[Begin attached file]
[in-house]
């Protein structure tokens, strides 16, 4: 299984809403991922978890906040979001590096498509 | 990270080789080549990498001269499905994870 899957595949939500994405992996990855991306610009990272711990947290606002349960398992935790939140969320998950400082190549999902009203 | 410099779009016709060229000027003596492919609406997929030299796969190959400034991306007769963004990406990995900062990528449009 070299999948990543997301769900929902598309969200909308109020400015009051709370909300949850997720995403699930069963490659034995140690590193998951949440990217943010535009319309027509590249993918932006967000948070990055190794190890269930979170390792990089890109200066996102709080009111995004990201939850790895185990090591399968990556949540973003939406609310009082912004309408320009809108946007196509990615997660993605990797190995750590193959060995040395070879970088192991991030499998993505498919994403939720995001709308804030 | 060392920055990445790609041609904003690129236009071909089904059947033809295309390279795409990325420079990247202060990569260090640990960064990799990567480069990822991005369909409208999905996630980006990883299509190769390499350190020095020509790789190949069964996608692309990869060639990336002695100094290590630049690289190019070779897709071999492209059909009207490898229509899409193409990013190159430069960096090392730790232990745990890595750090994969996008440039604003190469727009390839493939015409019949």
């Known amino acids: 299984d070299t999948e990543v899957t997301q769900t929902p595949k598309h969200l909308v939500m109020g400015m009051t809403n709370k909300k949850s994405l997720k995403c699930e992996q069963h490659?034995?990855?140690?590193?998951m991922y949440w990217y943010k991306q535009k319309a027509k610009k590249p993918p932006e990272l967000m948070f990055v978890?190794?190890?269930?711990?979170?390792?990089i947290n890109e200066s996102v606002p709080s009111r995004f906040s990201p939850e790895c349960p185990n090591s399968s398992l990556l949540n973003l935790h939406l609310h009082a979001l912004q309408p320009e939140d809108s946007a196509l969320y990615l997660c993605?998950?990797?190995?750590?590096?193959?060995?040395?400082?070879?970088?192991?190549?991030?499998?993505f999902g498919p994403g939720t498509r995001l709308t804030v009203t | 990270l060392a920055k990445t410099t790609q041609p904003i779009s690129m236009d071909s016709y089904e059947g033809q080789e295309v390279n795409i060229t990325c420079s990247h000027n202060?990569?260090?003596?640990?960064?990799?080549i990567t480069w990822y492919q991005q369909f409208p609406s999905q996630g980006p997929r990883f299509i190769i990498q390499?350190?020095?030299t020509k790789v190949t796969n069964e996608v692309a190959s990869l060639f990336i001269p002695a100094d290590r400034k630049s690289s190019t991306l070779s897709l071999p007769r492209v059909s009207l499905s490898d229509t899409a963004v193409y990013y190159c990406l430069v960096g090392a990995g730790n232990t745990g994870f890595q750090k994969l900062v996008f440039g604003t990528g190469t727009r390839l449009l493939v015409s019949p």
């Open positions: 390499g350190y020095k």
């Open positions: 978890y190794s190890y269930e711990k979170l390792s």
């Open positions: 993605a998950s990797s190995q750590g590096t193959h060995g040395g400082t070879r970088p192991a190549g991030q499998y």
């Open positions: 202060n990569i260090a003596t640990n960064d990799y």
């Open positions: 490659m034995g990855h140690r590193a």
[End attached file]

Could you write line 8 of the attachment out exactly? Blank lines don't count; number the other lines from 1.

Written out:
């Open positions: 490659m034995g990855h140690r590193a």